This ad is pretty harsh, but I think the extent to which is effective is the extent to which the messenger is believed and seen as objective.  Looking at it from afar is seems to work, but up close there may be more than meets the eye, if there is, then it’s the type of attack that can come back and bite a campaign.

With you never a quickie, always a longie…

February 1, 2010

A classic line from the classic movie “Love at First Bite.” No idea if it still holds up, but when I was 10 it was really funny.  That was a long way to introduce a quick post.  I can across this video the other day:

It’s a brillant parody of genre, in this case the news genre.  I started thinking about the gimmicks, tricks, & shortcuts we use in political ads — especially the negative ads: Grainy B&W footage of your opponent, the music, the headlines in negative (white text on black copy — scary).

Genre is a funny thing because those conventions are helpful, they’re a shorthand, they let people know what to expect, what’s coming, they save time (and words) by communicating a lot in a simple image or sound.  But genre is also a trap, it’s so easy, and readily recognizable that it can quickly become cliche.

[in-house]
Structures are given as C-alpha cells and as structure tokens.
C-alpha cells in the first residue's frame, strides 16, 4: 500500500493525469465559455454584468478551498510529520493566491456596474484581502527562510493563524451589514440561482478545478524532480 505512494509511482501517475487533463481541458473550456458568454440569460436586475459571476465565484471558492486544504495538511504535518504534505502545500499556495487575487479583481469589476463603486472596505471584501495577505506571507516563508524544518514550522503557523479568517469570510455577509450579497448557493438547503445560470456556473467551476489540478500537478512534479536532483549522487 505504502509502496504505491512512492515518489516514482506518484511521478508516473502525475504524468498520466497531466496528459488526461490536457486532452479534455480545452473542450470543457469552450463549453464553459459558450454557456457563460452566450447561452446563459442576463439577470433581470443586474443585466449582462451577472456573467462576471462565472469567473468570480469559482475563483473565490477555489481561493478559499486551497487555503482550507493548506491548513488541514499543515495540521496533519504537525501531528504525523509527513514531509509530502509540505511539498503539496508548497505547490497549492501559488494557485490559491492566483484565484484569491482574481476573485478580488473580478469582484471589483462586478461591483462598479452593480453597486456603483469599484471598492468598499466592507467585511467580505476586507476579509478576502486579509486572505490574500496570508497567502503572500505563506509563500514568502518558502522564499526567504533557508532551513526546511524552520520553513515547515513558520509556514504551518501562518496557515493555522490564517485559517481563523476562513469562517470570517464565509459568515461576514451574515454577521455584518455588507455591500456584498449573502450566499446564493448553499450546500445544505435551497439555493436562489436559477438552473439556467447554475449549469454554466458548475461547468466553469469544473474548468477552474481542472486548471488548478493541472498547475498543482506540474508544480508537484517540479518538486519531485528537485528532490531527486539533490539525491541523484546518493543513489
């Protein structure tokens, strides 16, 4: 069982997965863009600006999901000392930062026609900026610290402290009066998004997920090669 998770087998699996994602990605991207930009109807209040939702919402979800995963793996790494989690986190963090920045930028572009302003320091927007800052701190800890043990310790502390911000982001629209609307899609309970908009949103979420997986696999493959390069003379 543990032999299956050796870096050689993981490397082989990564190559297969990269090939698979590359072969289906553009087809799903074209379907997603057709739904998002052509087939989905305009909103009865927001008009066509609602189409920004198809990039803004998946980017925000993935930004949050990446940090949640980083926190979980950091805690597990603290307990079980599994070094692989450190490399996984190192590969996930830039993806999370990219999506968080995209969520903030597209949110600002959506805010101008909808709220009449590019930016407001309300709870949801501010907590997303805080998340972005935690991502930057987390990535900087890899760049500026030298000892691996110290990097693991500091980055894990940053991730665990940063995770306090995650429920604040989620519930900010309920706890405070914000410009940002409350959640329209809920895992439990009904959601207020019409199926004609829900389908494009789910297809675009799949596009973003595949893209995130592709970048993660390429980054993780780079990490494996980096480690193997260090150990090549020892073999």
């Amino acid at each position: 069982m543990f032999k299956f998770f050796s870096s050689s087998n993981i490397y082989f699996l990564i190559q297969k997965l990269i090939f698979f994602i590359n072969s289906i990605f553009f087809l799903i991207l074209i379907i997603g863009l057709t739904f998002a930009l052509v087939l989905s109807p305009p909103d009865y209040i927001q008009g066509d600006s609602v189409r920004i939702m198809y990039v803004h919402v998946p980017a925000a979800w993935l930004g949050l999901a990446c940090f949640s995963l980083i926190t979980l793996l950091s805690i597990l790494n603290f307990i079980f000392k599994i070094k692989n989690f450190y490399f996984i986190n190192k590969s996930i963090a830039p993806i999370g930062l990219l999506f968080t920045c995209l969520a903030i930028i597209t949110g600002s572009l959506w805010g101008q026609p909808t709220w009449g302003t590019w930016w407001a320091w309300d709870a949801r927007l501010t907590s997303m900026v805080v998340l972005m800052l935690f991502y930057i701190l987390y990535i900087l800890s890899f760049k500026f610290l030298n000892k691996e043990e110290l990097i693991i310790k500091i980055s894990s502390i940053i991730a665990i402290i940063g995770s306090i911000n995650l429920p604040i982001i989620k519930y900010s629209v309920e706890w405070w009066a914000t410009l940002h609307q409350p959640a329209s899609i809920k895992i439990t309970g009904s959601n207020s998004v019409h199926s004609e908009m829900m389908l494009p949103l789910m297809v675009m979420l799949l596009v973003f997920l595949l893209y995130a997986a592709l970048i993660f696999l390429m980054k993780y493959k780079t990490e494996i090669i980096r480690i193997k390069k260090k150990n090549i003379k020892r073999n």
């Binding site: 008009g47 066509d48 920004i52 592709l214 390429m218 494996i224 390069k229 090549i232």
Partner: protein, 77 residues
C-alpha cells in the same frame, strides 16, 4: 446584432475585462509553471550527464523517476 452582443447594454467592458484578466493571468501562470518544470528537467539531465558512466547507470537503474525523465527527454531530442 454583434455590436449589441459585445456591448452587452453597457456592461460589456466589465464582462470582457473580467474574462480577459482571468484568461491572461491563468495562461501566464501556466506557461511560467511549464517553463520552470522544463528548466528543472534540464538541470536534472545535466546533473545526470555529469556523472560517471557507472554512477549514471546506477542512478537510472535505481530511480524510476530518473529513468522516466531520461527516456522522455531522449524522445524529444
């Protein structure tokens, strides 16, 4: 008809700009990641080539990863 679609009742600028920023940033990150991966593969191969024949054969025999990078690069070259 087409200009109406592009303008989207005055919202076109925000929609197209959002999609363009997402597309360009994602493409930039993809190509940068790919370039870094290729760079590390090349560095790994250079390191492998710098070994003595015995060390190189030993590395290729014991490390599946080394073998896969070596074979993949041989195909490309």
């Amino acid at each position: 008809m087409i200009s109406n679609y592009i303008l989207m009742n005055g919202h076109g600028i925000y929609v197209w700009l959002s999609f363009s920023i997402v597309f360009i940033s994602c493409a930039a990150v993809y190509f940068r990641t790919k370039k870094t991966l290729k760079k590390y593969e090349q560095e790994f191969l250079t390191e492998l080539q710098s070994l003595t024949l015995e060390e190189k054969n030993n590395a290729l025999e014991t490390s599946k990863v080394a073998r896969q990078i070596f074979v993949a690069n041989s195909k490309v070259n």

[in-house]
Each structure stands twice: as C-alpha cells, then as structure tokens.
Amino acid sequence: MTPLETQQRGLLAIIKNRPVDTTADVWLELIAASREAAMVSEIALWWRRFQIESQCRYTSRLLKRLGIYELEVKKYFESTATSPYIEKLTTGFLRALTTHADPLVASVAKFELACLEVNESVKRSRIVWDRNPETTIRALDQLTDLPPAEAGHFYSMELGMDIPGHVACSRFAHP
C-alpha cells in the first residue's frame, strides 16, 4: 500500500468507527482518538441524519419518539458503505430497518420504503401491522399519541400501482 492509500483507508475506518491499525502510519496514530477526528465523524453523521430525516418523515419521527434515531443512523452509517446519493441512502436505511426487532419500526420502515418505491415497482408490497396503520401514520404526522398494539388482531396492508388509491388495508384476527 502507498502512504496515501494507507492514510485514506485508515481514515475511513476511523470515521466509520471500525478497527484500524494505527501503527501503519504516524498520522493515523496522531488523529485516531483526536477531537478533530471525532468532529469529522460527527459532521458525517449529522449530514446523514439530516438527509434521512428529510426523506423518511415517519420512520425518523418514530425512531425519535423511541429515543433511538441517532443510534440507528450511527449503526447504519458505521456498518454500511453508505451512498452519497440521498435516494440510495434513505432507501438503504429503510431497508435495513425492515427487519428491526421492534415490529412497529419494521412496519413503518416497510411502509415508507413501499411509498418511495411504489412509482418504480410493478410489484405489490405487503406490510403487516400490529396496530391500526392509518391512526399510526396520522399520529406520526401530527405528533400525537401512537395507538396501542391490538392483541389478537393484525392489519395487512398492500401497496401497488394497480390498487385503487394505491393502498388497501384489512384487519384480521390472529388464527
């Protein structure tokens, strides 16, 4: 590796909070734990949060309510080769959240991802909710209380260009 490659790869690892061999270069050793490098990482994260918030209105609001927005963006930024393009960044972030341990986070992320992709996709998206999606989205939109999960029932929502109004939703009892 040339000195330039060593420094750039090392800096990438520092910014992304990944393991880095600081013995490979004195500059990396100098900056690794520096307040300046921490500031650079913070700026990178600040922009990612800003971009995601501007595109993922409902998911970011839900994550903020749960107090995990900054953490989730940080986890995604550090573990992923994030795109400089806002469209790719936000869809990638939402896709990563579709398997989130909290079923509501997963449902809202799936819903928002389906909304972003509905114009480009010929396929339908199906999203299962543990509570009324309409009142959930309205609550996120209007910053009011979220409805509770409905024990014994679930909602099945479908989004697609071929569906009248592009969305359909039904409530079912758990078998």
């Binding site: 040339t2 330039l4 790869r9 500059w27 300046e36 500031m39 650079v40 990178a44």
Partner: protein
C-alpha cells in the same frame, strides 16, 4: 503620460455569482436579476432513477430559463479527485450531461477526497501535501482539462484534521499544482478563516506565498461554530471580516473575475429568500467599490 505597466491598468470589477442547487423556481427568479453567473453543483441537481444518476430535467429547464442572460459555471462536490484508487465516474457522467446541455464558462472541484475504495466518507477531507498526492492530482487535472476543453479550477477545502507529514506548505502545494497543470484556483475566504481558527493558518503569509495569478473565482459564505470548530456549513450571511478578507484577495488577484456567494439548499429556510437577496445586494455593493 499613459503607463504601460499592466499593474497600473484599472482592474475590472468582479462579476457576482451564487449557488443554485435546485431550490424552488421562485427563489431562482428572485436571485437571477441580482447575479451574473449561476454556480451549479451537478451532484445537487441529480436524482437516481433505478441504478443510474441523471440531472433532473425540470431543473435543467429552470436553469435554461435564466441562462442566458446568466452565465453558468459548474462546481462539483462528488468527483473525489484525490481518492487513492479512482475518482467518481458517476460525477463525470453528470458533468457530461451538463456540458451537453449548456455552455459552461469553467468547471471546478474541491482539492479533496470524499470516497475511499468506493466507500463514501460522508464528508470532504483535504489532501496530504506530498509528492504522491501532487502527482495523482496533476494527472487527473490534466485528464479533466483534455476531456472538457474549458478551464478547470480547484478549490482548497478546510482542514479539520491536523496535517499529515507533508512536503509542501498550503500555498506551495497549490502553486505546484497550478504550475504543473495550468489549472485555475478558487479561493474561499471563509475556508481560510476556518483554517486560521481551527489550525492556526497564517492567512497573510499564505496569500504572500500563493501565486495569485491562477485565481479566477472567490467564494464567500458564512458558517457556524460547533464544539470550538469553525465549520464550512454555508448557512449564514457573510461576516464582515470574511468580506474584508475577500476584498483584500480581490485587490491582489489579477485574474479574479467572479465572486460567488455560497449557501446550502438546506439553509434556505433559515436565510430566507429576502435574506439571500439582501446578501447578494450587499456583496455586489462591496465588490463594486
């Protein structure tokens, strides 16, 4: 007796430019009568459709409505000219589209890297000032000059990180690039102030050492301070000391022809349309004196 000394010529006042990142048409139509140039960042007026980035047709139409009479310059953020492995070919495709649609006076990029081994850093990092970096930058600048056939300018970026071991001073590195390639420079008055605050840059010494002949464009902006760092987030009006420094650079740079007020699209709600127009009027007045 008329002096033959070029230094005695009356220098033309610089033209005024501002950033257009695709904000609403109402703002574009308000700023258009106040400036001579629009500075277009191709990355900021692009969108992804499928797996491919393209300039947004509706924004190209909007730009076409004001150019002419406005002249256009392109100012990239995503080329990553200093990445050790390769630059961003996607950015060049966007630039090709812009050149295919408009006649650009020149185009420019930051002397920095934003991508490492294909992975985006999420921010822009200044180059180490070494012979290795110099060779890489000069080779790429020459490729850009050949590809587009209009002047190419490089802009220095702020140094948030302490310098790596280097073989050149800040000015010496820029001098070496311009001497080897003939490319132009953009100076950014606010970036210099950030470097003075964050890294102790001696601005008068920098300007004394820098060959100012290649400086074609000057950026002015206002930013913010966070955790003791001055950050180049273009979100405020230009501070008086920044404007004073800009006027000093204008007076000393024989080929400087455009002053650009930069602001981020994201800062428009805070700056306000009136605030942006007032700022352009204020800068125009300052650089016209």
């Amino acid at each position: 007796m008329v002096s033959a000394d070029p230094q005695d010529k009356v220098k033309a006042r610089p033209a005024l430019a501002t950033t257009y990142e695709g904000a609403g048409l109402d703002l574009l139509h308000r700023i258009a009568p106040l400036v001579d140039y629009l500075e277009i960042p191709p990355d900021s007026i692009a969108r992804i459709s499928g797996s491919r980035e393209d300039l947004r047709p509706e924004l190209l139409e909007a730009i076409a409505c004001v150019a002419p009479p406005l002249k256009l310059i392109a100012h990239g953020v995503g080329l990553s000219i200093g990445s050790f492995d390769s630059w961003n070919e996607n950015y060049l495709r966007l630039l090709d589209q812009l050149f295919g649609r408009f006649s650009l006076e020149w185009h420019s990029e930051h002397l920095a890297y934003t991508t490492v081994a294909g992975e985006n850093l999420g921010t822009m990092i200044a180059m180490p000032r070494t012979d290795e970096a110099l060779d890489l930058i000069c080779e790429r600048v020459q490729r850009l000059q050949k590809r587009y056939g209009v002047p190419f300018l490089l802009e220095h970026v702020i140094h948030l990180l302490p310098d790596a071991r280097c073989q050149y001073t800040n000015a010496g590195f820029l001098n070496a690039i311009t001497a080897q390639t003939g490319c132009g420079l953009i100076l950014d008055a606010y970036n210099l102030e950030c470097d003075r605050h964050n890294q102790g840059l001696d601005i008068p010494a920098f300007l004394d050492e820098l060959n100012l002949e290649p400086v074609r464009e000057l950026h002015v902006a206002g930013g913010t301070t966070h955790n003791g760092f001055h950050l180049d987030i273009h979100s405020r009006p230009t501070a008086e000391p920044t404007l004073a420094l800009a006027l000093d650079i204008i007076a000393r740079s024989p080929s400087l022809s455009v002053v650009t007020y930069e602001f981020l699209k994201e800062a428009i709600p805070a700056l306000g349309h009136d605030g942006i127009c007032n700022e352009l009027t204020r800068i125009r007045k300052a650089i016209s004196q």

Again cliche can be helpful sign to folks, and as Magnum P.I. once said, “Cliches are cliches because they’re true.” When I write, I try to be careful about not using cliche’s, or at least if I use them I hope they’re just a place holder for a more original construction.

It’s the same thing with ads, but still cliche’s are so damned easy and so damned safe, pre-approved if you will.

But the problem is exactly that, cliche is familiar your audience doesn’t have to pay attention or the cliche has lost its meaning after having been used, and used, and over used again and again and again.  You can use cliche to surprise your viewer, to break their guessing machine, as the Heath brothers say in their wonderful book, “Made to stick,” and get their attention.

Like Ned Lamont and the messy desk or this ad from Michael Steele:

The next time you find yourself falling into cliche think is there a non-cliche way to write this line, film this shot, bring up this graphic.  Sometimes the cliche is the easiest, most efficient way, but we should all try harder.

It’s a cliche to end a piece on cliche with a cliche, so I’ll spare you that cliche at least.